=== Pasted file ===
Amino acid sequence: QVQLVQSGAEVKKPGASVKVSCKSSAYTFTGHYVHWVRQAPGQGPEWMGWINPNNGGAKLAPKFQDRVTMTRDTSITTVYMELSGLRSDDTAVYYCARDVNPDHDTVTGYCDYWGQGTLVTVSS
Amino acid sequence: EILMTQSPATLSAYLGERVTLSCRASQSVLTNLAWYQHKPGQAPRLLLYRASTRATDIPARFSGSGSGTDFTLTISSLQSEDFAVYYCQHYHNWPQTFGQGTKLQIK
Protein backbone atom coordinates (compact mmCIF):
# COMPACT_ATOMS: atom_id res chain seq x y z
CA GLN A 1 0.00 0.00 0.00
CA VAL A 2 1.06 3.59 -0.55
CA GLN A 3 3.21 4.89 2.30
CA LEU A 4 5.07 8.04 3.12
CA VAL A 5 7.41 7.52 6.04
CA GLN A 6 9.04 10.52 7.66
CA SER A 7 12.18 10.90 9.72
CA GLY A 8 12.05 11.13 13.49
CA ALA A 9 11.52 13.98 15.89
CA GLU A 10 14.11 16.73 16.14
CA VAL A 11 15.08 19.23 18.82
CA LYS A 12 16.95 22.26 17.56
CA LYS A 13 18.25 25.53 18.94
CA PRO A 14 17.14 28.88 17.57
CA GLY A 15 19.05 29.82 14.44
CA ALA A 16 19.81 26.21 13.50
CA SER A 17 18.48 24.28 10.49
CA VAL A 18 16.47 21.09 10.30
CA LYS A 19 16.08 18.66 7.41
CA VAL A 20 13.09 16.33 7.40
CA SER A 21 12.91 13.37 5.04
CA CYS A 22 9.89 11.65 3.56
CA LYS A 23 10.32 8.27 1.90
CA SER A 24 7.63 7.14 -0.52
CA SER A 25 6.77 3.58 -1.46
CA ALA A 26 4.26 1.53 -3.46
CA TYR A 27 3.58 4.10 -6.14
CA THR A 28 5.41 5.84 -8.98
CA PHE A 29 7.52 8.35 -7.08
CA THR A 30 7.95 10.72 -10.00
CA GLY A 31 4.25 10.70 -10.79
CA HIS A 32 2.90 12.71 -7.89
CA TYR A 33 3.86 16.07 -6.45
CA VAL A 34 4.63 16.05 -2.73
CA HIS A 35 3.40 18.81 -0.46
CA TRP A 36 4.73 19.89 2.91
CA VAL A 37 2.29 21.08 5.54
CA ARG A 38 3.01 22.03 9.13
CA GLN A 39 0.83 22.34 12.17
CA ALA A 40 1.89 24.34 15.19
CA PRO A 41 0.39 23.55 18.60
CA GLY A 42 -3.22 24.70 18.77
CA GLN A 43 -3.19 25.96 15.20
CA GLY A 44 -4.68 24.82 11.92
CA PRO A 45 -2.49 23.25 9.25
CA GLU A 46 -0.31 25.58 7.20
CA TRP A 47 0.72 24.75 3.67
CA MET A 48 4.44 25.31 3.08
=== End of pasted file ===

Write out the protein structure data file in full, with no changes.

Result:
Amino acid sequence: QVQLVQSGAEVKKPGASVKVSCKSSAYTFTGHYVHWVRQAPGQGPEWMGWINPNNGGAKLAPKFQDRVTMTRDTSITTVYMELSGLRSDDTAVYYCARDVNPDHDTVTGYCDYWGQGTLVTVSS
Amino acid sequence: EILMTQSPATLSAYLGERVTLSCRASQSVLTNLAWYQHKPGQAPRLLLYRASTRATDIPARFSGSGSGTDFTLTISSLQSEDFAVYYCQHYHNWPQTFGQGTKLQIK
Protein backbone atom coordinates (compact mmCIF):
# COMPACT_ATOMS: atom_id res chain seq x y z
CA GLN A 1 0.00 0.00 0.00
CA VAL A 2 1.06 3.59 -0.55
CA GLN A 3 3.21 4.89 2.30
CA LEU A 4 5.07 8.04 3.12
CA VAL A 5 7.41 7.52 6.04
CA GLN A 6 9.04 10.52 7.66
CA SER A 7 12.18 10.90 9.72
CA GLY A 8 12.05 11.13 13.49
CA ALA A 9 11.52 13.98 15.89
CA GLU A 10 14.11 16.73 16.14
CA VAL A 11 15.08 19.23 18.82
CA LYS A 12 16.95 22.26 17.56
CA LYS A 13 18.25 25.53 18.94
CA PRO A 14 17.14 28.88 17.57
CA GLY A 15 19.05 29.82 14.44
CA ALA A 16 19.81 26.21 13.50
CA SER A 17 18.48 24.28 10.49
CA VAL A 18 16.47 21.09 10.30
CA LYS A 19 16.08 18.66 7.41
CA VAL A 20 13.09 16.33 7.40
CA SER A 21 12.91 13.37 5.04
CA CYS A 22 9.89 11.65 3.56
CA LYS A 23 10.32 8.27 1.90
CA SER A 24 7.63 7.14 -0.52
CA SER A 25 6.77 3.58 -1.46
CA ALA A 26 4.26 1.53 -3.46
CA TYR A 27 3.58 4.10 -6.14
CA THR A 28 5.41 5.84 -8.98
CA PHE A 29 7.52 8.35 -7.08
CA THR A 30 7.95 10.72 -10.00
CA GLY A 31 4.25 10.70 -10.79
CA HIS A 32 2.90 12.71 -7.89
CA TYR A 33 3.86 16.07 -6.45
CA VAL A 34 4.63 16.05 -2.73
CA HIS A 35 3.40 18.81 -0.46
CA TRP A 36 4.73 19.89 2.91
CA VAL A 37 2.29 21.08 5.54
CA ARG A 38 3.01 22.03 9.13
CA GLN A 39 0.83 22.34 12.17
CA ALA A 40 1.89 24.34 15.19
CA PRO A 41 0.39 23.55 18.60
CA GLY A 42 -3.22 24.70 18.77
CA GLN A 43 -3.19 25.96 15.20
CA GLY A 44 -4.68 24.82 11.92
CA PRO A 45 -2.49 23.25 9.25
CA GLU A 46 -0.31 25.58 7.20
CA TRP A 47 0.72 24.75 3.67
CA MET A 48 4.44 25.31 3.08